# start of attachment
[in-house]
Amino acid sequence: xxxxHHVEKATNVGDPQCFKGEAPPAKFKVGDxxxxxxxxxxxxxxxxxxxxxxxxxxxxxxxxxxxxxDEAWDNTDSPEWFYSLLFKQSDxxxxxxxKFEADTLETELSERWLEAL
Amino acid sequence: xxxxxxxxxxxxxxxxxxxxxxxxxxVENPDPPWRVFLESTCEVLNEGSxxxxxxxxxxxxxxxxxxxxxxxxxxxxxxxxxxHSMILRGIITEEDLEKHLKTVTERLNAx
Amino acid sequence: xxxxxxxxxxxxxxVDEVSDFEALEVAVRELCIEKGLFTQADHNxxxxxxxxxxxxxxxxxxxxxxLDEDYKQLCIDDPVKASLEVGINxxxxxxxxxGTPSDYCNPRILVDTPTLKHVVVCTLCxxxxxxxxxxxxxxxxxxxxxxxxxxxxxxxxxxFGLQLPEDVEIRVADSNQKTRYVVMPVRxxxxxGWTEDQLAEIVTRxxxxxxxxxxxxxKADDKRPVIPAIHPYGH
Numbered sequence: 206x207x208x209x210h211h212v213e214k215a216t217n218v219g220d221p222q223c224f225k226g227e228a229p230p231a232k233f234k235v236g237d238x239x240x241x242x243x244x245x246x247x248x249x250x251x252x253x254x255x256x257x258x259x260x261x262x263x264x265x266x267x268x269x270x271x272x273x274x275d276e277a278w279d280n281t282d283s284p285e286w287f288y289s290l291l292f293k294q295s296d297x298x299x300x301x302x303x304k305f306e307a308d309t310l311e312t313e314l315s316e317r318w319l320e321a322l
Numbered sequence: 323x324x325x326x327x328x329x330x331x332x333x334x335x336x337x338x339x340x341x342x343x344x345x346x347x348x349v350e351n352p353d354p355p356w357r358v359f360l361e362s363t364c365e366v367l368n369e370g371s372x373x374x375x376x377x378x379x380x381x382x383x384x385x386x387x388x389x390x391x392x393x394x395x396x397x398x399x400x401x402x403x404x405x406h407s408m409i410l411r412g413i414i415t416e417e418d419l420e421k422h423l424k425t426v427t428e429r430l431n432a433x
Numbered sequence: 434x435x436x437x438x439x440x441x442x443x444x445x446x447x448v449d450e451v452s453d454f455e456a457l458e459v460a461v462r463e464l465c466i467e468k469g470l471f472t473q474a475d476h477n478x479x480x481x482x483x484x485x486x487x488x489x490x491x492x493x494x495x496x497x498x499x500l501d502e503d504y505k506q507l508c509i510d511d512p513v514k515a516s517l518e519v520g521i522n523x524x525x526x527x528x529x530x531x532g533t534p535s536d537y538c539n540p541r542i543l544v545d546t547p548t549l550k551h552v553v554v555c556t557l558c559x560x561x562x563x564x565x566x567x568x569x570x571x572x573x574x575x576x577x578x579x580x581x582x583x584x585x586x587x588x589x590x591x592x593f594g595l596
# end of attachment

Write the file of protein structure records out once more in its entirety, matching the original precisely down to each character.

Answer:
[in-house]
Amino acid sequence: xxxxHHVEKATNVGDPQCFKGEAPPAKFKVGDxxxxxxxxxxxxxxxxxxxxxxxxxxxxxxxxxxxxxDEAWDNTDSPEWFYSLLFKQSDxxxxxxxKFEADTLETELSERWLEAL
Amino acid sequence: xxxxxxxxxxxxxxxxxxxxxxxxxxVENPDPPWRVFLESTCEVLNEGSxxxxxxxxxxxxxxxxxxxxxxxxxxxxxxxxxxHSMILRGIITEEDLEKHLKTVTERLNAx
Amino acid sequence: xxxxxxxxxxxxxxVDEVSDFEALEVAVRELCIEKGLFTQADHNxxxxxxxxxxxxxxxxxxxxxxLDEDYKQLCIDDPVKASLEVGINxxxxxxxxxGTPSDYCNPRILVDTPTLKHVVVCTLCxxxxxxxxxxxxxxxxxxxxxxxxxxxxxxxxxxFGLQLPEDVEIRVADSNQKTRYVVMPVRxxxxxGWTEDQLAEIVTRxxxxxxxxxxxxxKADDKRPVIPAIHPYGH
Numbered sequence: 206x207x208x209x210h211h212v213e214k215a216t217n218v219g220d221p222q223c224f225k226g227e228a229p230p231a232k233f234k235v236g237d238x239x240x241x242x243x244x245x246x247x248x249x250x251x252x253x254x255x256x257x258x259x260x261x262x263x264x265x266x267x268x269x270x271x272x273x274x275d276e277a278w279d280n281t282d283s284p285e286w287f288y289s290l291l292f293k294q295s296d297x298x299x300x301x302x303x304k305f306e307a308d309t310l311e312t313e314l315s316e317r318w319l320e321a322l
Numbered sequence: 323x324x325x326x327x328x329x330x331x332x333x334x335x336x337x338x339x340x341x342x343x344x345x346x347x348x349v350e351n352p353d354p355p356w357r358v359f360l361e362s363t364c365e366v367l368n369e370g371s372x373x374x375x376x377x378x379x380x381x382x383x384x385x386x387x388x389x390x391x392x393x394x395x396x397x398x399x400x401x402x403x404x405x406h407s408m409i410l411r412g413i414i415t416e417e418d419l420e421k422h423l424k425t426v427t428e429r430l431n432a433x
Numbered sequence: 434x435x436x437x438x439x440x441x442x443x444x445x446x447x448v449d450e451v452s453d454f455e456a457l458e459v460a461v462r463e464l465c466i467e468k469g470l471f472t473q474a475d476h477n478x479x480x481x482x483x484x485x486x487x488x489x490x491x492x493x494x495x496x497x498x499x500l501d502e503d504y505k506q507l508c509i510d511d512p513v514k515a516s517l518e519v520g521i522n523x524x525x526x527x528x529x530x531x532g533t534p535s536d537y538c539n540p541r542i543l544v545d546t547p548t549l550k551h552v553v554v555c556t557l558c559x560x561x562x563x564x565x566x567x568x569x570x571x572x573x574x575x576x577x578x579x580x581x582x583x584x585x586x587x588x589x590x591x592x593f594g595l596